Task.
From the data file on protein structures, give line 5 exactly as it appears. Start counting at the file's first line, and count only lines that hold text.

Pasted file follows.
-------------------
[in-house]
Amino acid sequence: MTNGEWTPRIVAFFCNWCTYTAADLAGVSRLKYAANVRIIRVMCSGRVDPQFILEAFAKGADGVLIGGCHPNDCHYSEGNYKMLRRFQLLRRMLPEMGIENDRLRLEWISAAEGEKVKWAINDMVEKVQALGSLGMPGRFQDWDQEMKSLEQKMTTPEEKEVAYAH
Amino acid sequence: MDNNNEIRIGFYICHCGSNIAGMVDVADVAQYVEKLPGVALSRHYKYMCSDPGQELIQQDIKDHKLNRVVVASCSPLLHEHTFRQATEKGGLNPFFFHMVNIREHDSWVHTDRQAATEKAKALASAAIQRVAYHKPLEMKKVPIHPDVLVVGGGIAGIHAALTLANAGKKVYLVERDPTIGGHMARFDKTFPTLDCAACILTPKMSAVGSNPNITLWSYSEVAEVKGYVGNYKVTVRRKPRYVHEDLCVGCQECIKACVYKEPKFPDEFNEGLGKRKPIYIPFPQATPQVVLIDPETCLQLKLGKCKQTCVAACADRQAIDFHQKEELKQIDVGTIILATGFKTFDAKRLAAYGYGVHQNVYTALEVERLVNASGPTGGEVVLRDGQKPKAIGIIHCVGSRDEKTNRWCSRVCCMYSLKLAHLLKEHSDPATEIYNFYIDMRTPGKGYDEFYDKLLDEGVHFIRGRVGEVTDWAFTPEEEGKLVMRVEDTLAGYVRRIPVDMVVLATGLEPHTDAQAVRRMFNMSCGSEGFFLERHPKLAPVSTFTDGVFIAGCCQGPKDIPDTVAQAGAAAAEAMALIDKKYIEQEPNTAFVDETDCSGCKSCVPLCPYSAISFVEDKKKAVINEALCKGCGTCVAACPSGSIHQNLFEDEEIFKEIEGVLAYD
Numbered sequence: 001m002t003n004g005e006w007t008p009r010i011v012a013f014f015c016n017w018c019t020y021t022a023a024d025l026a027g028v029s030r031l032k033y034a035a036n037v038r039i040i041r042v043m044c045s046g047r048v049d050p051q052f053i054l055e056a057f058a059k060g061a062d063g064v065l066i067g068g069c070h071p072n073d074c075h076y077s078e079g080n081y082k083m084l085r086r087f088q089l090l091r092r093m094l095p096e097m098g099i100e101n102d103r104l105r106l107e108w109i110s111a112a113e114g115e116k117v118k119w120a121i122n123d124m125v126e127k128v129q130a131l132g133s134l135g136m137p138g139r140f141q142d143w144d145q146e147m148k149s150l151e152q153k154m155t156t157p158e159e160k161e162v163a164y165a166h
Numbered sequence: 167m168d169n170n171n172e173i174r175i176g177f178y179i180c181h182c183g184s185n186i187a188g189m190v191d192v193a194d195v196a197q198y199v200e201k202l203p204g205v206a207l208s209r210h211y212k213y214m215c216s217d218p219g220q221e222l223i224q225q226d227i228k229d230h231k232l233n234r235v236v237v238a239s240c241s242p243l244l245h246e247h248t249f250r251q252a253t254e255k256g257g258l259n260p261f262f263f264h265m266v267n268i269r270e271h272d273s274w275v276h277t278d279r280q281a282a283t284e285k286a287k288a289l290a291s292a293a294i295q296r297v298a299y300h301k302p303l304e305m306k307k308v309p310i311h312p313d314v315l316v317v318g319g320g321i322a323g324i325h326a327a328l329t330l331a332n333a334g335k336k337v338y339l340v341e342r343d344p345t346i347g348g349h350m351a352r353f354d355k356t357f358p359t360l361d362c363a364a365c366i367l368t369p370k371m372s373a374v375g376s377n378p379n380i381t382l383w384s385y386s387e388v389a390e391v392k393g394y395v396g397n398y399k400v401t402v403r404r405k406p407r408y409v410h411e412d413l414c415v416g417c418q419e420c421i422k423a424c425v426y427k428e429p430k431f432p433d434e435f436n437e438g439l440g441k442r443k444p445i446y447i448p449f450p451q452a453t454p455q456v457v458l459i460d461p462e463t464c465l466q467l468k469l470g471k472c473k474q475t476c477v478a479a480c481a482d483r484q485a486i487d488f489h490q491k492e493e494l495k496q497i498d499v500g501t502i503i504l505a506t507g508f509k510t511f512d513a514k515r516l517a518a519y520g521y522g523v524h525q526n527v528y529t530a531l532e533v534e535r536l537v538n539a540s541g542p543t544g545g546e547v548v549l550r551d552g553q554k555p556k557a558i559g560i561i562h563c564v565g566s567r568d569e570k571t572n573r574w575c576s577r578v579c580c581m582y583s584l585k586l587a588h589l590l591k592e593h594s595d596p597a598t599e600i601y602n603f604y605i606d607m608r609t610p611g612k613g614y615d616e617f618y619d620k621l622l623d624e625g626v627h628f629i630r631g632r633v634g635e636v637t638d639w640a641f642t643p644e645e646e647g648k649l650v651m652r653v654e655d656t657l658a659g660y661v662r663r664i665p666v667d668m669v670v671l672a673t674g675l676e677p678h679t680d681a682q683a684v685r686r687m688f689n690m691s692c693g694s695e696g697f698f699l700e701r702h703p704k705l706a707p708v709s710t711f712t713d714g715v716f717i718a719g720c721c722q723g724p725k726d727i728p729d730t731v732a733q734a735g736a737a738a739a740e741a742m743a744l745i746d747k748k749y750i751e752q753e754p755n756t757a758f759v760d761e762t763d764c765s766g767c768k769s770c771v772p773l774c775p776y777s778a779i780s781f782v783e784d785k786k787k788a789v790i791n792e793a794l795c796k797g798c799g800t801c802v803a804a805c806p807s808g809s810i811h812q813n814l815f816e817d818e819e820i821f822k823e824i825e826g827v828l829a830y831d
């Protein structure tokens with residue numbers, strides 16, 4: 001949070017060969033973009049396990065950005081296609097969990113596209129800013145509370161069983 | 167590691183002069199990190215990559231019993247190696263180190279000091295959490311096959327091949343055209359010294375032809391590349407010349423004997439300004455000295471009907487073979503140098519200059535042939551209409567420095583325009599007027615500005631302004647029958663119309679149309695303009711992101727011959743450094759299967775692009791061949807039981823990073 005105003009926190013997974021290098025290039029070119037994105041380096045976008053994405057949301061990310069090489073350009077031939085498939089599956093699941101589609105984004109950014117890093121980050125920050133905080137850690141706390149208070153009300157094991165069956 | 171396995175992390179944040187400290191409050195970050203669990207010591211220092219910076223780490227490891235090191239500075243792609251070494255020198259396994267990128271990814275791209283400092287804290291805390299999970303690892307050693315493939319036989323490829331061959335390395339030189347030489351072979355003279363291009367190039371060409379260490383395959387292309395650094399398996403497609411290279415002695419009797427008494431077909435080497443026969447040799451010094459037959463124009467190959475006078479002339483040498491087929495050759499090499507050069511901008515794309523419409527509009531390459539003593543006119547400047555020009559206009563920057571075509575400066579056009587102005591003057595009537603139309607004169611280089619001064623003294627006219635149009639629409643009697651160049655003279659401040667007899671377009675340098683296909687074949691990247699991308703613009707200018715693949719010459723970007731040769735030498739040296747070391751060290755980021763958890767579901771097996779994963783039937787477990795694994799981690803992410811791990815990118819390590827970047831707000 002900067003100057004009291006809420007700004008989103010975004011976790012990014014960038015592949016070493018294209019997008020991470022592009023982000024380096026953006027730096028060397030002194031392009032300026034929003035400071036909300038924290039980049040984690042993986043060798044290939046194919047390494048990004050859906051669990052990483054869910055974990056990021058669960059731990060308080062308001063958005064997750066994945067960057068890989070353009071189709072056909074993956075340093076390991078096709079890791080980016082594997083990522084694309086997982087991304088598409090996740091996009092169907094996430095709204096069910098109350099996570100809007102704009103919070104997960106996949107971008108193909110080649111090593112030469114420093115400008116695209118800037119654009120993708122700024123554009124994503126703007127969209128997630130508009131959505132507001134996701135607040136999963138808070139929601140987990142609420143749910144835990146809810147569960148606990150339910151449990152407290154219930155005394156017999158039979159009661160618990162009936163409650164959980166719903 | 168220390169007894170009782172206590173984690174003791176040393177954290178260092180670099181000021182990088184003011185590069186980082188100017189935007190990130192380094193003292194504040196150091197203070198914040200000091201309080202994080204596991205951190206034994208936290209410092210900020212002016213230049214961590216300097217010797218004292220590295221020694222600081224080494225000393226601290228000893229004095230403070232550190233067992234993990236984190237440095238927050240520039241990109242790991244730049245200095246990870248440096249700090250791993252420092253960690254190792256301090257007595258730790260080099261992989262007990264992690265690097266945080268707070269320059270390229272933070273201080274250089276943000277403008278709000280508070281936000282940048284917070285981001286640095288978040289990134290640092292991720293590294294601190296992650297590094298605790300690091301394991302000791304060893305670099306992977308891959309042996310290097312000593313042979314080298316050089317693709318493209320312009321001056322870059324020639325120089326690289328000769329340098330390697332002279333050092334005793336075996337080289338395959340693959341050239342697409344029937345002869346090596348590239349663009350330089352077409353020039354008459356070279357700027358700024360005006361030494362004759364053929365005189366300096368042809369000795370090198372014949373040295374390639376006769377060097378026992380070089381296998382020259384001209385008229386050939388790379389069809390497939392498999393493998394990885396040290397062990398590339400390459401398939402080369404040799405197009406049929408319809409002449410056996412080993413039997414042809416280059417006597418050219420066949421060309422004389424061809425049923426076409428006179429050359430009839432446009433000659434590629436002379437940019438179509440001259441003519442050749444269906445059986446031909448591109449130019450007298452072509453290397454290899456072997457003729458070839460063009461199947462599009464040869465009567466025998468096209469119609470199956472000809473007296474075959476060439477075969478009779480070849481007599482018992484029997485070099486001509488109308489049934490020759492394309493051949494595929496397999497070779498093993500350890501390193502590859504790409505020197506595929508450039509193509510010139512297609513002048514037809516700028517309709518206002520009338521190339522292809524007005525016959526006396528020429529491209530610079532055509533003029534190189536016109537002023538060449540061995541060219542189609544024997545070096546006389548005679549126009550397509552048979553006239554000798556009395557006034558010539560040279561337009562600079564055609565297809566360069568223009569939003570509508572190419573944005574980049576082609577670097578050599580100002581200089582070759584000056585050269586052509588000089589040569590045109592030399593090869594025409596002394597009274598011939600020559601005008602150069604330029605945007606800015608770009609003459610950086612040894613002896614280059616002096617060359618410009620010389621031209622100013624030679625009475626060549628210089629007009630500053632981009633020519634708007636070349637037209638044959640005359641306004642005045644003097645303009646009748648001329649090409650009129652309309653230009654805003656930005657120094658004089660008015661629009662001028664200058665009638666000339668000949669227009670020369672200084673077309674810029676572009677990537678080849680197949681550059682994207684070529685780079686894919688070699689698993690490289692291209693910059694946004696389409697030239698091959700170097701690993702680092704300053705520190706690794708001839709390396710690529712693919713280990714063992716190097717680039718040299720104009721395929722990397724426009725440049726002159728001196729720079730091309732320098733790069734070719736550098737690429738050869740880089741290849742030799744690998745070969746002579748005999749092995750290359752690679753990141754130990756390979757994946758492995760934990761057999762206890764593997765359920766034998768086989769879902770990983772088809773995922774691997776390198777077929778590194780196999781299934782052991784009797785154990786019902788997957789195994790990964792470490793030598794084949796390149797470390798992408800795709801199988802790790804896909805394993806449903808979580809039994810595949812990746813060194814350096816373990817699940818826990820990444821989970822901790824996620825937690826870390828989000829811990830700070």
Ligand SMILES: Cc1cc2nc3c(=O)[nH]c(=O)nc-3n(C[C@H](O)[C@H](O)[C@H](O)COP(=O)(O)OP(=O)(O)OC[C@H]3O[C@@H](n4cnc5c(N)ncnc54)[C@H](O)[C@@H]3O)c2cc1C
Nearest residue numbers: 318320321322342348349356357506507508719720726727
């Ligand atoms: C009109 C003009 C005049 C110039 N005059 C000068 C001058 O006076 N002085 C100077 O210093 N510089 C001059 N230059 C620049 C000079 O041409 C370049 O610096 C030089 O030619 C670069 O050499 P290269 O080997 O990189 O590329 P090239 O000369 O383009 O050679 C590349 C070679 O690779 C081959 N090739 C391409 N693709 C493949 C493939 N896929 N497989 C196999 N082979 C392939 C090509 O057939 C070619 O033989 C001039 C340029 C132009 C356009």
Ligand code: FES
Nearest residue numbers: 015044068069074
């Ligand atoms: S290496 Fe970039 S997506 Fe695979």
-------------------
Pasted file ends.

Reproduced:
Numbered sequence: 167m168d169n170n171n172e173i174r175i176g177f178y179i180c181h182c183g184s185n186i187a188g189m190v191d192v193a194d195v196a197q198y199v200e201k202l203p204g205v206a207l208s209r210h211y212k213y214m215c216s217d218p219g220q221e222l223i224q225q226d227i228k229d230h231k232l233n234r235v236v237v238a239s240c241s242p243l244l245h246e247h248t249f250r251q252a253t254e255k256g257g258l259n260p261f262f263f264h265m266v267n268i269r270e271h272d273s274w275v276h277t278d279r280q281a282a283t284e285k286a287k288a289l290a291s292a293a294i295q296r297v298a299y300h301k302p303l304e305m306k307k308v309p310i311h312p313d314v315l316v317v318g319g320g321i322a323g324i325h326a327a328l329t330l331a332n333a334g335k336k337v338y339l340v341e342r343d344p345t346i347g348g349h350m351a352r353f354d355k356t357f358p359t360l361d362c363a364a365c366i367l368t369p370k371m372s373a374v375g376s377n378p379n380i381t382l383w384s385y386s387e388v389a390e391v392k393g394y395v396g397n398y399k400v401t402v403r404r405k406p407r408y409v410h411e412d413l414c415v416g417c418q419e420c421i422k423a424c425v426y427k428e429p430k431f432p433d434e435f436n437e438g439l440g441k442r443k444p445i446y447i448p449f450p451q452a453t454p455q456v457v458l459i460d461p462e463t464c465l466q467l468k469l470g471k472c473k474q475t476c477v478a479a480c481a482d483r484q485a486i487d488f489h490q491k492e493e494l495k496q497i498d499v500g501t502i503i504l505a506t507g508f509k510t511f512d513a514k515r516l517a518a519y520g521y522g523v524h525q526n527v528y529t530a531l532e533v534e535r536l537v538n539a540s541g542p543t544g545g546e547v548v549l550r551d552g553q554k555p556k557a558i559g560i561i562h563c564v565g566s567r568d569e570k571t572n573r574w575c576s577r578v579c580c581m582y583s584l585k586l587a588h589l590l591k592e593h594s595d596p597a598t599e600i601y602n603f604y605i606d607m608r609t610p611g612k613g614y615d616e617f618y619d620k621l622l623d624e625g626v627h628f629i630r631g632r633v634g635e636v637t638d639w640a641f642t643p644e645e646e647g648k649l650v651m652r653v654e655d656t657l658a659g660y661v662r663r664i665p666v667d668m669v670v671l672a673t674g675l676e677p678h679t680d681a682q683a684v685r686r687m688f689n690m691s692c693g694s695e696g697f698f699l700e701r702h703p704k705l706a707p708v709s710t711f712t713d714g715v716f717i718a719g720c721c722q723g724p725k726d727i728p729d730t731v732a733q734a735g736a737a738a739a740e741a742m743a744l745i746d747k748k749y750i751e752q753e754p755n756t757a758f759v760d761e762t763d764c765s766g767c768k769s770c771v772p773l774c775p776y777s778a779i780s781f782v783e784d785k786k787k788a789v790i791n792e793a794l795c796k797g798c799g800t801c802v803a804a805c806p807s808g809s810i811h812q813n814l815f816e817d818e819e820i821f822k823e824i825e826g827v828l829a830y831d